The VIR instrument serves all of Dawn’s scientific objectives, determining the mineral composition of surface materials in their geological context. It is capable of differentiating between surface materials such as ice, dust and rocks and can determine the composition of rocky materials, providing a detailed set of information on the heterogeneity of the asteroid. VIR is designed to identify water-bearing minerals and spot a possible atmosphere of the asteroid and determine its composition, if present.
VIR is comprised of a Shafer Telescope (sub-aperture Cassegrain) coupled with an Offner grating spectrometer. A Proximity Electronics Box is located inside the optical head building the interface to the Main Electronics Box of the instrument. Overall, VIR weighs 9.3 Kilograms, without its mechanical spacecraft interface and requires 17.6 Watts of electrical power when operating. The instrument’s optical head weighs 5kg, the electronics assembly 3kg and the cooler and motor assembly around 1.3 Kilograms.
The Shafer Telescope consists of a 47.5-millimeter aperture to allow radiation to enter the optics of the instrument that consist of five mirrors, installed on an optical bench machined from a single aluminum billet to act as a cold plate and provide the necessary stability to maintain the optical components in good alignment. The primary mirror of the instrument is a scanning mirror that is driven by a torque motor to select the area that is to be imaged.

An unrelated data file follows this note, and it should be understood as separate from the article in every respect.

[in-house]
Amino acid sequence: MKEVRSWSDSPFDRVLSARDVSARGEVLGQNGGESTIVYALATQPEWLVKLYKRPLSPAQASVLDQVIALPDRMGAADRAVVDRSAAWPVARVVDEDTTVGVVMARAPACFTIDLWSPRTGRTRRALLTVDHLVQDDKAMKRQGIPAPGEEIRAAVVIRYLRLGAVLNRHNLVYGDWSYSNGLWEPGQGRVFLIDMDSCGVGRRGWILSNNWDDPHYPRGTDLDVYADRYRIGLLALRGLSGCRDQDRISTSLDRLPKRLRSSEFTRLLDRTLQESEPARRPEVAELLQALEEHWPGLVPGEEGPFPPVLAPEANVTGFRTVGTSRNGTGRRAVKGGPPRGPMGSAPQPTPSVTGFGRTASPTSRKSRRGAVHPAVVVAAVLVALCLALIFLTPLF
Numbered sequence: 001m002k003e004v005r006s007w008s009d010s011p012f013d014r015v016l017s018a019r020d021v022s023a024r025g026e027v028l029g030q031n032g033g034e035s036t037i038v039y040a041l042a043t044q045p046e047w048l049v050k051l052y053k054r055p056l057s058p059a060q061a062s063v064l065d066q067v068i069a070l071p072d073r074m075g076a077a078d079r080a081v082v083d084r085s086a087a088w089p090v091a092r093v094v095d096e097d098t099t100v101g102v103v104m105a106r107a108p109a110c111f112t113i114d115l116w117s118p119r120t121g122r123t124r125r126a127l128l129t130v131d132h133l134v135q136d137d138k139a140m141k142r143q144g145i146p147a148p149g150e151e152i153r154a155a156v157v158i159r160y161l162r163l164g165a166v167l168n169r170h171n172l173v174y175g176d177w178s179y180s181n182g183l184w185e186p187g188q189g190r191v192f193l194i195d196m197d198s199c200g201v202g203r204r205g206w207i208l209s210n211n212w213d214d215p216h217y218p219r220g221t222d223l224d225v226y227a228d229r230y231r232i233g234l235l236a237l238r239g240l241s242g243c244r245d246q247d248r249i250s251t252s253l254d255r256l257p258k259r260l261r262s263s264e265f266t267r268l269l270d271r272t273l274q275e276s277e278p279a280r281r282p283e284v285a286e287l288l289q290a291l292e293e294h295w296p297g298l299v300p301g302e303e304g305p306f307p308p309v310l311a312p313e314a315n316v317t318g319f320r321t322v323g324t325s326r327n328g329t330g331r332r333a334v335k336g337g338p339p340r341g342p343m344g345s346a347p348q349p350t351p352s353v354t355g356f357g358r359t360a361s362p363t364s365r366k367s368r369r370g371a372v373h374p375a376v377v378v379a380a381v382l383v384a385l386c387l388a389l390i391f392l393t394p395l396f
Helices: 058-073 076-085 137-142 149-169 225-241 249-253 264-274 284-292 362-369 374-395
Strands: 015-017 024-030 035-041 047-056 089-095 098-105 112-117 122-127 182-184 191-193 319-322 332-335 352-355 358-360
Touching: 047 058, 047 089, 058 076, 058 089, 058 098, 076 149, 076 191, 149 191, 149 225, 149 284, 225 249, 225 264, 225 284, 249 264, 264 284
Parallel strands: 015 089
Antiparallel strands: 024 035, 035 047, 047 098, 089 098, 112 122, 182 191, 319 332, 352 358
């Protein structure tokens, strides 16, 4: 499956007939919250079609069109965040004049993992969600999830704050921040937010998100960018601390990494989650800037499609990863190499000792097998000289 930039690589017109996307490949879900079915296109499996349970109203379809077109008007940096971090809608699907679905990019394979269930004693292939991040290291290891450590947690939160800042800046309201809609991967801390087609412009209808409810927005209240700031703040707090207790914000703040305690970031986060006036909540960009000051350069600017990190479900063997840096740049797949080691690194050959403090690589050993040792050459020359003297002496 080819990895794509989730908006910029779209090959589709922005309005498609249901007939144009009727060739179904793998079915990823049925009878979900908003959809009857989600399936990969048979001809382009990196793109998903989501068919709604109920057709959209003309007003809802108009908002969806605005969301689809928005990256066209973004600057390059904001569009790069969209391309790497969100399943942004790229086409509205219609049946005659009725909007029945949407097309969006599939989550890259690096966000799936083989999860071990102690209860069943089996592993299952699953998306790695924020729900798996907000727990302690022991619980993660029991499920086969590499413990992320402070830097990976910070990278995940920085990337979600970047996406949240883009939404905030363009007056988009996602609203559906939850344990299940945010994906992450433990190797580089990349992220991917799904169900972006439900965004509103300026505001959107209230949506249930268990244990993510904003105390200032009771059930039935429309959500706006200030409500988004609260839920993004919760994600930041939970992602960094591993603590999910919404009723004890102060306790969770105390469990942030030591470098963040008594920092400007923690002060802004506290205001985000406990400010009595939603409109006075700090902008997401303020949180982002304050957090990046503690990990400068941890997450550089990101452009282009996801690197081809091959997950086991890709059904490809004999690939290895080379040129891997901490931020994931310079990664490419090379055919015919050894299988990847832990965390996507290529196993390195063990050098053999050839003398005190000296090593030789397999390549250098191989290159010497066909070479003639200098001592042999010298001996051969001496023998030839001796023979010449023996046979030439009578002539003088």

Passing the folding mirror, the radiation is directed through the foreoptics comprised of three mirrors, focusing the light onto the entrance slit of the spectrometer.
The Offner Spectrometer uses a slit that is 9.53 millimeters in length and 0.038mm wide. After passing through the entrance slit, the light is dispersed by a spherical convex diffraction grating. VIR uses a single grating for both, the visible and infrared channels, featuring two different groove densities ruled in the different areas of the grating.
The inner 30% of the grating are ruled with a higher groove density to achieve the required spectral resolution for the visible light channel while the outer 70% use a lower groove density to generate the appropriate resolution across the broad infrared spectral range – corresponding to 70% of light intensity entering the instrument that is directed into the infrared channel. The larger collecting area in the infrared channel compensates for the lower solar irradiance in that spectral band. After being dispersed, the radiation is refocused by a convex mirror that directs the visible and infrared portions of the spectrum to their dedicated detectors.
The VIR instrument can be operated in two different modes, either acquiring high-resolution images in the 0.25 to 5 μm wavelength range with moderate spectral resolution, or operating in a high-resolution mode for the infrared channel from 1 to 5 μm and only acquiring moderate-resolution images. When using the high-resolution imaging mode, VIR reaches a spatial resolution of 0.25mard whereas the spatial resolution in the nominal mode is 1mrad. Operated in pushbroom mode, the instrument has a field of view of 64 by 0.25mrad. Using its scanning mirror, VIR achieves a 64 by 64 mrad field of view – corresponding to a 6.4 by 6.4-Kilometer ground area when at a distance of 100km to the surface.
The Visible Channel of the VIR instrument employs a Thompson TH 7896 Charge Coupled Device as detector measuring 508 by 1024 pixels in size using standard 19µm pixels. This detector covers a spectral range of 0.25 to 1,000 nanometers at a spectral resolution of 1.89 nanometers. The CCD detector is operated at a temperature of 150 to 190K to reduce dark currents and yield a higher sensitivity in the near-infrared wavelengths.